On Sunday we all gathered at the park in town and worshipped along with so many others from the local churches for this combined 4th of July service. The speaker had grown up in a Muslim home before his dramatic conversion to Christianity, and arrested our attention as he shared not only his amazing testimony, but also as he expounded the Scriptures. Later, over lunch, we all talked of the many thought-provoking ideas we’d just heard. For days, I pondered the idea the speaker had shared that King Saul, who sinned, lost his throne because he continued to make excuses for his sin, while King David, who also sinned, cried out in repentence, appealing for God’s help and thereby became a man after God’s own heart.

Back at home again, Aunt Annie braided strings of red, white and blue stars into the girls’ hair, then helped them attach ribbons to sticks. I watched, breathless, as she and the little children ran around the yard giggling, with beautiful flowing ribbons swirling around them.

There were the expected sparklers, and a fire in the firepit with S’Mores, games of Hand and Foot with Papa Eby on the deck on the warm summer nights, and picnics in the park. Then, as suddenly as it all began, everybody was gone, our house was quiet again and I was back to doing laundry while silently re-living special memories as I wiped little fingerprints off the windows, picked up game pieces from the floor and smiled over six-year old printing on a sign taped to the playhouse door: “WELCOME TO OUR CABIN. NO CATS OR DOGS ALLOWED” (which would have been a very useful idea if dogs or cats had been able to read it.)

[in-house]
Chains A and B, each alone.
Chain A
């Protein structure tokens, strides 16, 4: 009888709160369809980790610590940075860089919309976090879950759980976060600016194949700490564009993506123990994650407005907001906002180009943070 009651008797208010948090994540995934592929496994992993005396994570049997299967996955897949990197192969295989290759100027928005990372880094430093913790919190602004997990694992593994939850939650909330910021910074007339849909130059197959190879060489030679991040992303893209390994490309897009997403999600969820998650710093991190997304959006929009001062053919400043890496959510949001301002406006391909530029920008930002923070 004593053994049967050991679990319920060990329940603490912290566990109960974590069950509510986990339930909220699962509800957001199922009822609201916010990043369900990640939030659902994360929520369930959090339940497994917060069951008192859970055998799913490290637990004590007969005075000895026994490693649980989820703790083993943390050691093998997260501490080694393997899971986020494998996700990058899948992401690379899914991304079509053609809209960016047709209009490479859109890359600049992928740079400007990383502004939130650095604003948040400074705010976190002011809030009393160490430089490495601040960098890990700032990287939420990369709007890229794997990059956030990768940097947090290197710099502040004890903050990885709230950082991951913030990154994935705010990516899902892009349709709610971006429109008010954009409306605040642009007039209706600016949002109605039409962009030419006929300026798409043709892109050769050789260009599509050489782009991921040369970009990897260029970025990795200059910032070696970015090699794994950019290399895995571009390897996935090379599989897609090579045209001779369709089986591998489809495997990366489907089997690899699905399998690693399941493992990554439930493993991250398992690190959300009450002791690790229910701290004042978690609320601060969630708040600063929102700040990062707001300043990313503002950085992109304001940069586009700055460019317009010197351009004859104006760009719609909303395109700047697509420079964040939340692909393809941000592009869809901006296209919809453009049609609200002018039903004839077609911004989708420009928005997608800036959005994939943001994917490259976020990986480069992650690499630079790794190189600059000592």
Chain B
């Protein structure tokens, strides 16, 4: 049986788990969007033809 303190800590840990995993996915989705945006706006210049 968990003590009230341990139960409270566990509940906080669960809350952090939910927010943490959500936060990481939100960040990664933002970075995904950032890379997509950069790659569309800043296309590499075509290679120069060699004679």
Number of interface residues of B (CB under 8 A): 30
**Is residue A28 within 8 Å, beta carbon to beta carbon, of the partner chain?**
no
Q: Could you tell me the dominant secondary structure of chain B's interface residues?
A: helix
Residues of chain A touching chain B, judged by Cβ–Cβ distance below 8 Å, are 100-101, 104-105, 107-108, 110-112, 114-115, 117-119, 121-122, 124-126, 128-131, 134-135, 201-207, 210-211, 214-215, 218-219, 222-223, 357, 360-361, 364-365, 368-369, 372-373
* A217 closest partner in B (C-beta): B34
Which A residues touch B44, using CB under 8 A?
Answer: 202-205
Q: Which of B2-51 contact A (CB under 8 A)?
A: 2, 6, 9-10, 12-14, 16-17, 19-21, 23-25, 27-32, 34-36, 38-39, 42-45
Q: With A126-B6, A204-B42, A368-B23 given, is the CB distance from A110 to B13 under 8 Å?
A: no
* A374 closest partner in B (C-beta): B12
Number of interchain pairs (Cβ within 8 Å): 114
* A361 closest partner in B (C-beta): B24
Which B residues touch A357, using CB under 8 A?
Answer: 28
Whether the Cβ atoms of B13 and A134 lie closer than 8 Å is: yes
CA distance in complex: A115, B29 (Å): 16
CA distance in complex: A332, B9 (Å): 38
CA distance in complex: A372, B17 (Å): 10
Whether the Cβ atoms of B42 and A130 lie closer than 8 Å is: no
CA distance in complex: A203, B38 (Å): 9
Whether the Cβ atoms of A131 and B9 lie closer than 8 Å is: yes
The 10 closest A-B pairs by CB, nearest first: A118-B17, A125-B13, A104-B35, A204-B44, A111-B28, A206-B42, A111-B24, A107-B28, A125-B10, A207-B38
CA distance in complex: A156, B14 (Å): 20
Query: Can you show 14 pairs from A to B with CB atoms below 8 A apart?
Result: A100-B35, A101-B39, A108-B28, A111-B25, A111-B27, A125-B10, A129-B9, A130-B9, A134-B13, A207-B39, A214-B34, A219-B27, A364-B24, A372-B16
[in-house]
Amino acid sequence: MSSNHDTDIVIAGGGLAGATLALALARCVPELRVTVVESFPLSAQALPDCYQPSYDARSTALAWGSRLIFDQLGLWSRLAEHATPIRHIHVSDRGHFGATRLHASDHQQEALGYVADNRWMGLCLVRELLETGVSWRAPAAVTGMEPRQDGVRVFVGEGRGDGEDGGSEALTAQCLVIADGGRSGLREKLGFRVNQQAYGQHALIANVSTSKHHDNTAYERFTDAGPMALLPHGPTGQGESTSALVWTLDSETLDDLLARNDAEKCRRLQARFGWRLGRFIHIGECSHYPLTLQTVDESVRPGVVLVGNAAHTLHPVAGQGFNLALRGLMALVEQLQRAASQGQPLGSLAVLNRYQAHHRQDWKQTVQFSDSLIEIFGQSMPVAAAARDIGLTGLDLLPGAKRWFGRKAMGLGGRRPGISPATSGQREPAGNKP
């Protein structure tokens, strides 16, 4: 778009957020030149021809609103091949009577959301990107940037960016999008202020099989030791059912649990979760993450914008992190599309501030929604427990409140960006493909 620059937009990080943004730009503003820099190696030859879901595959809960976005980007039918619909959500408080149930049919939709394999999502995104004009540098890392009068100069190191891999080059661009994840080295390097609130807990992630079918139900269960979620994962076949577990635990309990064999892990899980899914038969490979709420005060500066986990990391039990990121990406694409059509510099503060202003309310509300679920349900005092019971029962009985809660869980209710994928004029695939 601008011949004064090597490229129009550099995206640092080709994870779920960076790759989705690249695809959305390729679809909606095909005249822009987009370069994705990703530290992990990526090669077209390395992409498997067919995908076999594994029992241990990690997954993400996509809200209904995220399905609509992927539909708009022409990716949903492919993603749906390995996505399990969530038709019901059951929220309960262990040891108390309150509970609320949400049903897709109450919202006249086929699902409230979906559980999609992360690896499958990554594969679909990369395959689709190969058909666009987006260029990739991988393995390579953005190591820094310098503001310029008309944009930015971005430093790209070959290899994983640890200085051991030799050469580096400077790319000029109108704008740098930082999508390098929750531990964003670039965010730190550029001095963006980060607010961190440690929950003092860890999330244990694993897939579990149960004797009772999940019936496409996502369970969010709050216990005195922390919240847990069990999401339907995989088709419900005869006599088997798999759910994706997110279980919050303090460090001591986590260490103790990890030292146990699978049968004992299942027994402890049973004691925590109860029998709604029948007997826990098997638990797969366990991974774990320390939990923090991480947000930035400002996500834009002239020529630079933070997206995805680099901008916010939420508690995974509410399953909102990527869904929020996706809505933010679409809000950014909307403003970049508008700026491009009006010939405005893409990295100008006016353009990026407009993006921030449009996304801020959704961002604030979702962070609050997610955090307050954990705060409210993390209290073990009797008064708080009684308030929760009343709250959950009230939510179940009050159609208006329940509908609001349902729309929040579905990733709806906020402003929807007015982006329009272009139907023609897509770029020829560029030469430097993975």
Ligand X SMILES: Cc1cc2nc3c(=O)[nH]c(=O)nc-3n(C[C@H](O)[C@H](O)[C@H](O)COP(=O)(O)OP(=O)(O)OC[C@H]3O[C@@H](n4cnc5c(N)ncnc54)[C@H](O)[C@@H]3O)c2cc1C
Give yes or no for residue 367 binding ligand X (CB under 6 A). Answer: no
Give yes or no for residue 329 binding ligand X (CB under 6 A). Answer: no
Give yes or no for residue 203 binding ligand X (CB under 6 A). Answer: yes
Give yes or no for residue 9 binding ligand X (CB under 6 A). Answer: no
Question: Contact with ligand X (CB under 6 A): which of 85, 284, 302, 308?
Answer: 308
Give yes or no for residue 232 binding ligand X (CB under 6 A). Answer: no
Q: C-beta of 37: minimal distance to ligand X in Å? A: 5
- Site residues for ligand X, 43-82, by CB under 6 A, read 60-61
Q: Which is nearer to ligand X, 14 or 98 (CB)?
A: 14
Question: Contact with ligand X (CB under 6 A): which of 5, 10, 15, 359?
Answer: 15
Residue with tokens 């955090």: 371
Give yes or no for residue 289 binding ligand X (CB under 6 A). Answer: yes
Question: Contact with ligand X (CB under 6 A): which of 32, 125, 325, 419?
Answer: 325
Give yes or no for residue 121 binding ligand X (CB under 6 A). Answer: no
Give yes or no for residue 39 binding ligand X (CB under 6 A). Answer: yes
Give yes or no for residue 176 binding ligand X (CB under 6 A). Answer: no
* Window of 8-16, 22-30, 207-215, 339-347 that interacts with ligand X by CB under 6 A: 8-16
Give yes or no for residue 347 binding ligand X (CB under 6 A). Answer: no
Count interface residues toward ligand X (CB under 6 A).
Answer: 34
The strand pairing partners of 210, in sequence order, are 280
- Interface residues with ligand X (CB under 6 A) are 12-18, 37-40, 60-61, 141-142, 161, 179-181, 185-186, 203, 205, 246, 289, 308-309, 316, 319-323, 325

July 4th. The best celebration ever. Even though the economy has dropped through the floor. July 4th. Even though the house next door is empty because the owner gave up trying to sell it, stopped payments, locked the door and walked away. The best July 4th ever, even though morality all around us has plummeted and many are struggling with unemployment, losing homes, keeping food on the table. The best July 4th ever, even though one of the first articles I saw the next day was called, “Why I don’t celebrate July 4th anymore.”

It was still the best July 4th ever, and yet my head is not in the sand. I’m aware of what’s going on around us, even as we celebrate. I’m aware of how July 4th is difficult for many, because inevitably life consists of very high highs and very low lows –which both take place at the same time. Though I understand many of the premises that the writer of the article stated as to why he doesn’t celebrate July 4th anymore, remorsefully focusing so intensely on the national freedoms we’ve lost is not the correct response we’re to have. For sure, bad things come with good. They always have. But we have to remember– especially when we’re going through these really tough times–that there’s still good along with the bad. There always has been.